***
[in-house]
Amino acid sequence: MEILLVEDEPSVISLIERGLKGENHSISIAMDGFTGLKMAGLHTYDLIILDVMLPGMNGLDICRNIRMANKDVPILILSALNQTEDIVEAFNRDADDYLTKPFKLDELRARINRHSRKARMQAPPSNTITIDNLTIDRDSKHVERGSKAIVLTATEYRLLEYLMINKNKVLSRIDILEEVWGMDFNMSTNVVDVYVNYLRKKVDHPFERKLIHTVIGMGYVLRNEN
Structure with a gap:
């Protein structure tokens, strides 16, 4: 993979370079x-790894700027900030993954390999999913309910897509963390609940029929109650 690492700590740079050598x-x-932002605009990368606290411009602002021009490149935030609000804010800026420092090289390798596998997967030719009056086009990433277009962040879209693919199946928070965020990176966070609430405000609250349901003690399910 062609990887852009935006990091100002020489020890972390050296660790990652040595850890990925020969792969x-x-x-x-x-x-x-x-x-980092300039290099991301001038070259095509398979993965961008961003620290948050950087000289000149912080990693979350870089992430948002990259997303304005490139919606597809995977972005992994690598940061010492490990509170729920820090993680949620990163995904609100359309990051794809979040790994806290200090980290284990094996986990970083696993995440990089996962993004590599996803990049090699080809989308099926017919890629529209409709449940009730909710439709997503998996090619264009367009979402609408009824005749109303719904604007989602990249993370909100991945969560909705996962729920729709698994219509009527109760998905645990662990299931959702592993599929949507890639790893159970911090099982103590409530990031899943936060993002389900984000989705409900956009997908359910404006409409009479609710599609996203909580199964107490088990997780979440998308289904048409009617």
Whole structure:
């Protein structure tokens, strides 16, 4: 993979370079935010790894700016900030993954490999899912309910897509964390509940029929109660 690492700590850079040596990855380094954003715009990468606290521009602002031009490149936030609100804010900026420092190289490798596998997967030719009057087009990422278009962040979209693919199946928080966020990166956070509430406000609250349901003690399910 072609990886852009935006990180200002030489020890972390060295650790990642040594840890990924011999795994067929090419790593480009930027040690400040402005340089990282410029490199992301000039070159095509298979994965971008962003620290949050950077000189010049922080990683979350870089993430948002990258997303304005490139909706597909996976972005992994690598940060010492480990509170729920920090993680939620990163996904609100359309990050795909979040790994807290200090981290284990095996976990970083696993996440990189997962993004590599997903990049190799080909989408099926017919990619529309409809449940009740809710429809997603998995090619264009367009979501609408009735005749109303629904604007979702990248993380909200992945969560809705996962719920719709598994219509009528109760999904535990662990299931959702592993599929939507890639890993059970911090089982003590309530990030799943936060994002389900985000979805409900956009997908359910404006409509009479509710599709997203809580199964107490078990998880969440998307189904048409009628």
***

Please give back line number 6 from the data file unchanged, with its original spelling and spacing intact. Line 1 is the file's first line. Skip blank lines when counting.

């Protein structure tokens, strides 16, 4: 993979370079935010790894700016900030993954490999899912309910897509964390509940029929109660 690492700590850079040596990855380094954003715009990468606290521009602002031009490149936030609100804010900026420092190289490798596998997967030719009057087009990422278009962040979209693919199946928080966020990166956070509430406000609250349901003690399910 072609990886852009935006990180200002030489020890972390060295650790990642040594840890990924011999795994067929090419790593480009930027040690400040402005340089990282410029490199992301000039070159095509298979994965971008962003620290949050950077000189010049922080990683979350870089993430948002990258997303304005490139909706597909996976972005992994690598940060010492480990509170729920920090993680939620990163996904609100359309990050795909979040790994807290200090981290284990095996976990970083696993996440990189997962993004590599997903990049190799080909989408099926017919990619529309409809449940009740809710429809997603998995090619264009367009979501609408009735005749109303629904604007979702990248993380909200992945969560809705996962719920719709598994219509009528109760999904535990662990299931959702592993599929939507890639890993059970911090089982003590309530990030799943936060994002389900985000979805409900956009997908359910404006409509009479509710599709997203809580199964107490078990998880969440998307189904048409009628």